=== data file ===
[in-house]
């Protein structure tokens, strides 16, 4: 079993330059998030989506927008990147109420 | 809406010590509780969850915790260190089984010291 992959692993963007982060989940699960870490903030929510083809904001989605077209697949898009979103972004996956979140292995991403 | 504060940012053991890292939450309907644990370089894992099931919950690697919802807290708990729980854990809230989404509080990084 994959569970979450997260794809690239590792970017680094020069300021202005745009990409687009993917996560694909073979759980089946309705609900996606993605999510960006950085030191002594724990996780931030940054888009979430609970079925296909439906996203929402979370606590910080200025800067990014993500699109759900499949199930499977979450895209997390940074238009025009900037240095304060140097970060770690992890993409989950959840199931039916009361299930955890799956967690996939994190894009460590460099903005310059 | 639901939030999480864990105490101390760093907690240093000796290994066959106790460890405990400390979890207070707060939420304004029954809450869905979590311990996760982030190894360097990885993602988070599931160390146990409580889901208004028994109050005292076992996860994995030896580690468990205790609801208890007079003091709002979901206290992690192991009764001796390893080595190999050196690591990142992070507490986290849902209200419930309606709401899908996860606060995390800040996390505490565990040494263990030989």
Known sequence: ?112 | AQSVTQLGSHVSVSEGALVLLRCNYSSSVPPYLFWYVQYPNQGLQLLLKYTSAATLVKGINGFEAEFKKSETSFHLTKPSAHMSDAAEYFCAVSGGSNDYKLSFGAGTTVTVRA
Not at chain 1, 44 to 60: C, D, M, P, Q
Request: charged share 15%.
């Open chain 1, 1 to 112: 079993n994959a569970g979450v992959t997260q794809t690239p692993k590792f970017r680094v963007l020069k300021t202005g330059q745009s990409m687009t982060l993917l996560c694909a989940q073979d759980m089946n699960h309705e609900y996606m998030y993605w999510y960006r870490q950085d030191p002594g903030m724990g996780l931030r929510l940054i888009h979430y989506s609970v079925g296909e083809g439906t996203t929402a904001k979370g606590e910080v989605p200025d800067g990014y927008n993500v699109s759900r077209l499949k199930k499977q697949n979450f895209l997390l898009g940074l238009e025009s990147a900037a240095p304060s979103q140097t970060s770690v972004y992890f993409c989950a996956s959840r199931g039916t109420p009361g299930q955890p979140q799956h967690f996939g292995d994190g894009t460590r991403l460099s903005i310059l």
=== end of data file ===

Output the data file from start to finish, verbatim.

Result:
[in-house]
């Protein structure tokens, strides 16, 4: 079993330059998030989506927008990147109420 | 809406010590509780969850915790260190089984010291 992959692993963007982060989940699960870490903030929510083809904001989605077209697949898009979103972004996956979140292995991403 | 504060940012053991890292939450309907644990370089894992099931919950690697919802807290708990729980854990809230989404509080990084 994959569970979450997260794809690239590792970017680094020069300021202005745009990409687009993917996560694909073979759980089946309705609900996606993605999510960006950085030191002594724990996780931030940054888009979430609970079925296909439906996203929402979370606590910080200025800067990014993500699109759900499949199930499977979450895209997390940074238009025009900037240095304060140097970060770690992890993409989950959840199931039916009361299930955890799956967690996939994190894009460590460099903005310059 | 639901939030999480864990105490101390760093907690240093000796290994066959106790460890405990400390979890207070707060939420304004029954809450869905979590311990996760982030190894360097990885993602988070599931160390146990409580889901208004028994109050005292076992996860994995030896580690468990205790609801208890007079003091709002979901206290992690192991009764001796390893080595190999050196690591990142992070507490986290849902209200419930309606709401899908996860606060995390800040996390505490565990040494263990030989």
Known sequence: ?112 | AQSVTQLGSHVSVSEGALVLLRCNYSSSVPPYLFWYVQYPNQGLQLLLKYTSAATLVKGINGFEAEFKKSETSFHLTKPSAHMSDAAEYFCAVSGGSNDYKLSFGAGTTVTVRA
Not at chain 1, 44 to 60: C, D, M, P, Q
Request: charged share 15%.
């Open chain 1, 1 to 112: 079993n994959a569970g979450v992959t997260q794809t690239p692993k590792f970017r680094v963007l020069k300021t202005g330059q745009s990409m687009t982060l993917l996560c694909a989940q073979d759980m089946n699960h309705e609900y996606m998030y993605w999510y960006r870490q950085d030191p002594g903030m724990g996780l931030r929510l940054i888009h979430y989506s609970v079925g296909e083809g439906t996203t929402a904001k979370g606590e910080v989605p200025d800067g990014y927008n993500v699109s759900r077209l499949k199930k499977q697949n979450f895209l997390l898009g940074l238009e025009s990147a900037a240095p304060s979103q140097t970060s770690v972004y992890f993409c989950a996956s959840r199931g039916t109420p009361g299930q955890p979140q799956h967690f996939g292995d994190g894009t460590r991403l460099s903005i310059l």